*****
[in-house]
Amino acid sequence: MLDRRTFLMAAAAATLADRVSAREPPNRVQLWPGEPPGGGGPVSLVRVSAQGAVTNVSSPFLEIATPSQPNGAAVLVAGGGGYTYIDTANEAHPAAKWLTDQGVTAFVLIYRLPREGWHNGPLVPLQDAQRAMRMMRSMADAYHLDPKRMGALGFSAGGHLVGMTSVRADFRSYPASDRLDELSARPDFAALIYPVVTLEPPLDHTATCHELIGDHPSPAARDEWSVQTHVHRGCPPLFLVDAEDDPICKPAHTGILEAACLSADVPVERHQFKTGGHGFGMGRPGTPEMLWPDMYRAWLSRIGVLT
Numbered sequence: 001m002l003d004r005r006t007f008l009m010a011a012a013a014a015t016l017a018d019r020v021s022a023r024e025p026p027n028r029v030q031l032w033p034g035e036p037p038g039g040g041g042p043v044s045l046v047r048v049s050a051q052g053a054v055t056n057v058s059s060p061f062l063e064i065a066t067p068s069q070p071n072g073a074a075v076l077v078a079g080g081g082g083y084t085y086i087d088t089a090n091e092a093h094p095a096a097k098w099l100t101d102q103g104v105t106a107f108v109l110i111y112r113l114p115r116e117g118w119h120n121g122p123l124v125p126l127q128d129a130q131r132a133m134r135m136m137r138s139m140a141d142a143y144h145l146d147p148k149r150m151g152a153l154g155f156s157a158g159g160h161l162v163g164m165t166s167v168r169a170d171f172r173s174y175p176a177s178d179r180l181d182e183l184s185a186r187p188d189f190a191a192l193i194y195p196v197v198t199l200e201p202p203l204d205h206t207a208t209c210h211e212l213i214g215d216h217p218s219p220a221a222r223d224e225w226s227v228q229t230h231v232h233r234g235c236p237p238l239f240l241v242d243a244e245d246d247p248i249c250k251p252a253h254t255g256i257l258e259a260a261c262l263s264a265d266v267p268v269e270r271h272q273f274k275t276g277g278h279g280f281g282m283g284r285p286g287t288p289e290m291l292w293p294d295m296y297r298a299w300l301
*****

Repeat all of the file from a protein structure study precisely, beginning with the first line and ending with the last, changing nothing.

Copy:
[in-house]
Amino acid sequence: MLDRRTFLMAAAAATLADRVSAREPPNRVQLWPGEPPGGGGPVSLVRVSAQGAVTNVSSPFLEIATPSQPNGAAVLVAGGGGYTYIDTANEAHPAAKWLTDQGVTAFVLIYRLPREGWHNGPLVPLQDAQRAMRMMRSMADAYHLDPKRMGALGFSAGGHLVGMTSVRADFRSYPASDRLDELSARPDFAALIYPVVTLEPPLDHTATCHELIGDHPSPAARDEWSVQTHVHRGCPPLFLVDAEDDPICKPAHTGILEAACLSADVPVERHQFKTGGHGFGMGRPGTPEMLWPDMYRAWLSRIGVLT
Numbered sequence: 001m002l003d004r005r006t007f008l009m010a011a012a013a014a015t016l017a018d019r020v021s022a023r024e025p026p027n028r029v030q031l032w033p034g035e036p037p038g039g040g041g042p043v044s045l046v047r048v049s050a051q052g053a054v055t056n057v058s059s060p061f062l063e064i065a066t067p068s069q070p071n072g073a074a075v076l077v078a079g080g081g082g083y084t085y086i087d088t089a090n091e092a093h094p095a096a097k098w099l100t101d102q103g104v105t106a107f108v109l110i111y112r113l114p115r116e117g118w119h120n121g122p123l124v125p126l127q128d129a130q131r132a133m134r135m136m137r138s139m140a141d142a143y144h145l146d147p148k149r150m151g152a153l154g155f156s157a158g159g160h161l162v163g164m165t166s167v168r169a170d171f172r173s174y175p176a177s178d179r180l181d182e183l184s185a186r187p188d189f190a191a192l193i194y195p196v197v198t199l200e201p202p203l204d205h206t207a208t209c210h211e212l213i214g215d216h217p218s219p220a221a222r223d224e225w226s227v228q229t230h231v232h233r234g235c236p237p238l239f240l241v242d243a244e245d246d247p248i249c250k251p252a253h254t255g256i257l258e259a260a261c262l263s264a265d266v267p268v269e270r271h272q273f274k275t276g277g278h279g280f281g282m283g284r285p286g287t288p289e290m291l292w293p294d295m296y297r298a299w300l301